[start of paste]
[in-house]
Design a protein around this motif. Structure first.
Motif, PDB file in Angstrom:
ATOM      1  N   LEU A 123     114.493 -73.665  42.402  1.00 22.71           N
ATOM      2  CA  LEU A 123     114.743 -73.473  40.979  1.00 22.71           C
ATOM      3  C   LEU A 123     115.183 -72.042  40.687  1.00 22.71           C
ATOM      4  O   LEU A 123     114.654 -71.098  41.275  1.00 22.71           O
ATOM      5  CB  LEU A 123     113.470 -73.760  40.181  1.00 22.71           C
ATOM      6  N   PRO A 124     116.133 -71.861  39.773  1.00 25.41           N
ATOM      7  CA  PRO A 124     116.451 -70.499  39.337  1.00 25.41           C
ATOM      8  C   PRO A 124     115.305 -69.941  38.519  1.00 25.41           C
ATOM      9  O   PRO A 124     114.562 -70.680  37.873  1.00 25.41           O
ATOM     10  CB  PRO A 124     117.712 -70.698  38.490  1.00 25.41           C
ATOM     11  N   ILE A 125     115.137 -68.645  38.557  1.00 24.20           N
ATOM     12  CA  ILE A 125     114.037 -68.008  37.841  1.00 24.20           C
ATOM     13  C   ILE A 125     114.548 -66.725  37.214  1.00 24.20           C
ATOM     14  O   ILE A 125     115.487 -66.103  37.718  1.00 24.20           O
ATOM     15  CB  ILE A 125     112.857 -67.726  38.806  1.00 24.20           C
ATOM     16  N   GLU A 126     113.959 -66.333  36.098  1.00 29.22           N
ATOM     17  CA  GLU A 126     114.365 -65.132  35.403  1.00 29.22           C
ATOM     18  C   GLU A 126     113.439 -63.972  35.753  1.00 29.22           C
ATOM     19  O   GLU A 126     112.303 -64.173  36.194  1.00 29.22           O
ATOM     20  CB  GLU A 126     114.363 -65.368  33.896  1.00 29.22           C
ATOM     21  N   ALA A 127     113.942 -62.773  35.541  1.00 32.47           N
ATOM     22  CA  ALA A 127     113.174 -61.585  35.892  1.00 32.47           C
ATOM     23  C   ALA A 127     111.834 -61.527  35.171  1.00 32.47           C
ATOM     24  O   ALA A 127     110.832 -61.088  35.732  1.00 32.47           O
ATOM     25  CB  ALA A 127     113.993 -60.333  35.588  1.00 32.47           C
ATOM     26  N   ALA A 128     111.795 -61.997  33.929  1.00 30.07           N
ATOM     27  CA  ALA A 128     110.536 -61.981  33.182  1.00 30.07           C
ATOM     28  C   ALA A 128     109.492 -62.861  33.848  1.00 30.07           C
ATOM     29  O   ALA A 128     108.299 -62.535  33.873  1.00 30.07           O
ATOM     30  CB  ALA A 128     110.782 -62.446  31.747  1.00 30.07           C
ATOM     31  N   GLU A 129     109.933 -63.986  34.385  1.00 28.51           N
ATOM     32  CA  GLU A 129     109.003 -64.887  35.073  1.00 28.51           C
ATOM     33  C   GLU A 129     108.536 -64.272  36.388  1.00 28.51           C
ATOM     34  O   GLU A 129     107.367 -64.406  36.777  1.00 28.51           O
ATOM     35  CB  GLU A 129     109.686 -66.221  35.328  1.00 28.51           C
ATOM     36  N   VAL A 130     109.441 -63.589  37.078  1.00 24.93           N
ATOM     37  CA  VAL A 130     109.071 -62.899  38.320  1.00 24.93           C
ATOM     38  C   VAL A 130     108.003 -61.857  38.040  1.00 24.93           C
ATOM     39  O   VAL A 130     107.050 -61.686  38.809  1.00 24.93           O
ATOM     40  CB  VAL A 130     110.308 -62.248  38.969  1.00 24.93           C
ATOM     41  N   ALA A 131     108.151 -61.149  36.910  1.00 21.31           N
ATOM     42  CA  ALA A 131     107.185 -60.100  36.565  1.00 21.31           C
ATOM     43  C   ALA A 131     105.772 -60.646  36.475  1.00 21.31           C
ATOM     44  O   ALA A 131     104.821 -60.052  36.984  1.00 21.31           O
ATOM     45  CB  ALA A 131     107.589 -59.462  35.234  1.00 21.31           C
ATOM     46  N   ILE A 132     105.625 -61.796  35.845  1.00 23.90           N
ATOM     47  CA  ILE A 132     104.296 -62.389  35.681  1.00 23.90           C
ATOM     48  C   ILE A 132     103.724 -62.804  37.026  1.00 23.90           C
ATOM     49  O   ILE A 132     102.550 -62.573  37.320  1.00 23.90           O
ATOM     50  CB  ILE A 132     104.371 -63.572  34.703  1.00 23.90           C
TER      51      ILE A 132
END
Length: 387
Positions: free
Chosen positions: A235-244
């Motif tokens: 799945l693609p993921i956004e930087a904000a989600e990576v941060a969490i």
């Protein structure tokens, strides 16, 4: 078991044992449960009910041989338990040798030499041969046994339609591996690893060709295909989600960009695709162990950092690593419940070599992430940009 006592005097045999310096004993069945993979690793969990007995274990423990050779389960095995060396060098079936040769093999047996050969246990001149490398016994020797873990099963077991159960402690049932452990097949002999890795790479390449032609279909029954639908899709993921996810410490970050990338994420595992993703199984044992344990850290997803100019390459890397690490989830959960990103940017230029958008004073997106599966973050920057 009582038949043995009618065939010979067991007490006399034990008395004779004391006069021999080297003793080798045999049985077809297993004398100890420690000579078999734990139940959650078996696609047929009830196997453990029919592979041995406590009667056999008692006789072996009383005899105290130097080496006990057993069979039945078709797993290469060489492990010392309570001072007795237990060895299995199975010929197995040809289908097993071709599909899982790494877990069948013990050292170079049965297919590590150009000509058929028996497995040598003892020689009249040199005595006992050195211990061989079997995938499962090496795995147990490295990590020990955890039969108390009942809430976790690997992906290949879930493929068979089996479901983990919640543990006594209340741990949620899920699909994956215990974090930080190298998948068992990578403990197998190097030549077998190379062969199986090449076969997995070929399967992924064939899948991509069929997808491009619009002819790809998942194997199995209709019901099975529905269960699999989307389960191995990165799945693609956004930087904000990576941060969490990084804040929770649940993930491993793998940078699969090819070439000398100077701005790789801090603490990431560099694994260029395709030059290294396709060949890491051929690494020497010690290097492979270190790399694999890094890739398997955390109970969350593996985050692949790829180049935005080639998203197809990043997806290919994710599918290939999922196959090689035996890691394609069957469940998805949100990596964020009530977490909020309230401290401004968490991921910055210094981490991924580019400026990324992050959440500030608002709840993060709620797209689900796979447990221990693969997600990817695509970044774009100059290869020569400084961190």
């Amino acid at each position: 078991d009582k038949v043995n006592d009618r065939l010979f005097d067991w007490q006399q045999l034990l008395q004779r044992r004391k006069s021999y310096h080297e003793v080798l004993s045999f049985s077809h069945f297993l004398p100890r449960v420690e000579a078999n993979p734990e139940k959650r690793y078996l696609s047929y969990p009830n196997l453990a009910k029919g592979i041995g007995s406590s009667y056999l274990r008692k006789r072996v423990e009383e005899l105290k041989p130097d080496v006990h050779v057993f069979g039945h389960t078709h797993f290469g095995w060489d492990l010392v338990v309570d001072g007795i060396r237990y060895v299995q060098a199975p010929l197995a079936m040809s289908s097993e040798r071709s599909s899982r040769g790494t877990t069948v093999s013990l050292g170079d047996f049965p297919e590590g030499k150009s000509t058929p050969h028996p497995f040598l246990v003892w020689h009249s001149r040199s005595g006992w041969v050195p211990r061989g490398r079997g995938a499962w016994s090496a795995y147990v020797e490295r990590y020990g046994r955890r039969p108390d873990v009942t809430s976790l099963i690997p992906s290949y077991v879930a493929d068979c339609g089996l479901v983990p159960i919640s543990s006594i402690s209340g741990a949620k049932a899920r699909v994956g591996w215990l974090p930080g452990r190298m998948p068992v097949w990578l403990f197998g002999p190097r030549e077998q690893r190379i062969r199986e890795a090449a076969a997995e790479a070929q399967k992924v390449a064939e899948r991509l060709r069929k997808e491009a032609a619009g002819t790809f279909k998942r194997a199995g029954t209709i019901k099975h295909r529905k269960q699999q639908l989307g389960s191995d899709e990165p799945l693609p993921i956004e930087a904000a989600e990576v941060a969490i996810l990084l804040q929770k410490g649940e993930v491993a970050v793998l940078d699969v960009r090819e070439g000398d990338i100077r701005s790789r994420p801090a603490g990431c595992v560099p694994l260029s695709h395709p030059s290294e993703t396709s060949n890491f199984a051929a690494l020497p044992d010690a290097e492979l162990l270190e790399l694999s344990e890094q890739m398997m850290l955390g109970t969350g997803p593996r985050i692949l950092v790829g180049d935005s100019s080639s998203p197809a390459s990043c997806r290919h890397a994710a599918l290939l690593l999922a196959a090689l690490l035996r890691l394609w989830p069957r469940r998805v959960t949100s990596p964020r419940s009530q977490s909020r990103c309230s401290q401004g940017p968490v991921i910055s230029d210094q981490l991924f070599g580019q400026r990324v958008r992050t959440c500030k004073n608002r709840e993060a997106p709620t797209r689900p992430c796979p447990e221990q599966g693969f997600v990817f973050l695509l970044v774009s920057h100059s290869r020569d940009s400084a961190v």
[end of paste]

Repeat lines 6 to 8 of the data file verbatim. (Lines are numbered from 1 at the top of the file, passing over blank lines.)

ATOM      3  C   LEU A 123     115.183 -72.042  40.687  1.00 22.71           C
ATOM      4  O   LEU A 123     114.654 -71.098  41.275  1.00 22.71           O
ATOM      5  CB  LEU A 123     113.470 -73.760  40.181  1.00 22.71           C